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The picture of the Mullinnix below is an "image map"
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Historically the Mullinnix Was
Very Unique

Among the many "lasts" of the Mullinnix include:

  • The 5" 54 - the last gunmount that had gunnersmates inside during fire missions
  • Last all gun destroyer class in US Naval history
  • Last active all gun dostroyer in US Naval history
  • Last of the 3-inch/50-cal. rapid-fire twin mounts

  • Ammo, Ammo, and More Ammo

  • Main Battery Salvo Alarm

Main Armament - 5" 54 MK 42

The 5" 54 MK 42

The main armament of the FORREST SHERMAN-Class destroyers, CHARLES F. ADAMS-Class guided missile destroyers, MITSCHER-Class destroyer leaders, FARRAGUT-Class and BELKNAP-Class guided missile destroyer leaders, the nuclear guided missile destroyer leader TRUXTON, and the KNOX-Class destroyer escorts, was the rapid-fire 5-inch/54-caliber Mark 18 gun with a housing for a vertical-sliding breech block.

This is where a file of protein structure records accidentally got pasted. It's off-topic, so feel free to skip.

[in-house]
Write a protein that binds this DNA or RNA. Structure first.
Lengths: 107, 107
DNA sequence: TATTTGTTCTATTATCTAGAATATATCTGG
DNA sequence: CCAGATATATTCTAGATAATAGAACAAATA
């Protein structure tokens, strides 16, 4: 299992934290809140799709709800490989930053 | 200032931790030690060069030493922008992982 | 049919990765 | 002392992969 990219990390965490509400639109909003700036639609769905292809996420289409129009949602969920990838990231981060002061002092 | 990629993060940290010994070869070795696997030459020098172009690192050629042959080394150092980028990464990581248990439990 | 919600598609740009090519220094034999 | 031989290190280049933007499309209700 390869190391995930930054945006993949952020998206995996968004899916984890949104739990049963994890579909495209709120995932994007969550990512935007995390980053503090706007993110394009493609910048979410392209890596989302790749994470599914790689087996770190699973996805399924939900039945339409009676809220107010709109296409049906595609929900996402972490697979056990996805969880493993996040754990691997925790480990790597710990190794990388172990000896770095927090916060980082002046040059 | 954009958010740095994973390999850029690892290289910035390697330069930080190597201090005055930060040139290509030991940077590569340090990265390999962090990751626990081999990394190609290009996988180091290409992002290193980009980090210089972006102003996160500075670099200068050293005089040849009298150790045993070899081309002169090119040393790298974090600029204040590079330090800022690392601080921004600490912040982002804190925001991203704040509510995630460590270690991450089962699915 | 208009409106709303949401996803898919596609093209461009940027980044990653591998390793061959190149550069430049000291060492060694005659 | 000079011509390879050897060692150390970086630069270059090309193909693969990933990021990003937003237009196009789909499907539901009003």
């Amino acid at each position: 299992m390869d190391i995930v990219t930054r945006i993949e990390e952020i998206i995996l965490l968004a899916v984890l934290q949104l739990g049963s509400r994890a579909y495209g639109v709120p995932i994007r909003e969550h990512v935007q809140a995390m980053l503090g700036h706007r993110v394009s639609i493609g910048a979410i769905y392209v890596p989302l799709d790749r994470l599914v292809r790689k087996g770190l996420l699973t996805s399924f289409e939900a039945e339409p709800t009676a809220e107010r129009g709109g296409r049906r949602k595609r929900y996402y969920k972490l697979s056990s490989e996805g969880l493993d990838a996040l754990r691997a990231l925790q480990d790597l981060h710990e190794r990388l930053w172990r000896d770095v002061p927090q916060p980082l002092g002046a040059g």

It was a single arrangement enclosed in the Mk 42 gun mount. The basic round for the MK 18 gun was semi-fixed, with a 70-pound projectile and a 34.5-pound shell case that included a 19-pound powder charge. The initial velocity of the round was 2,650 feet/second with a maximum range of 25,909 yards at 47 degrees elevation and a ceiling of 48,700 ft. at 85 degrees elevation. The Mk 42 Gun Mount was the next generation of the Mk 39 mount which was the original armament of the MIDWAY-Class carriers. The Mk 42 mount was a shielded, base-ring-type mounting consisting of a gun house and carriage with rotating structure, a fixed stand for mounting the base-ring, and the gun loading system.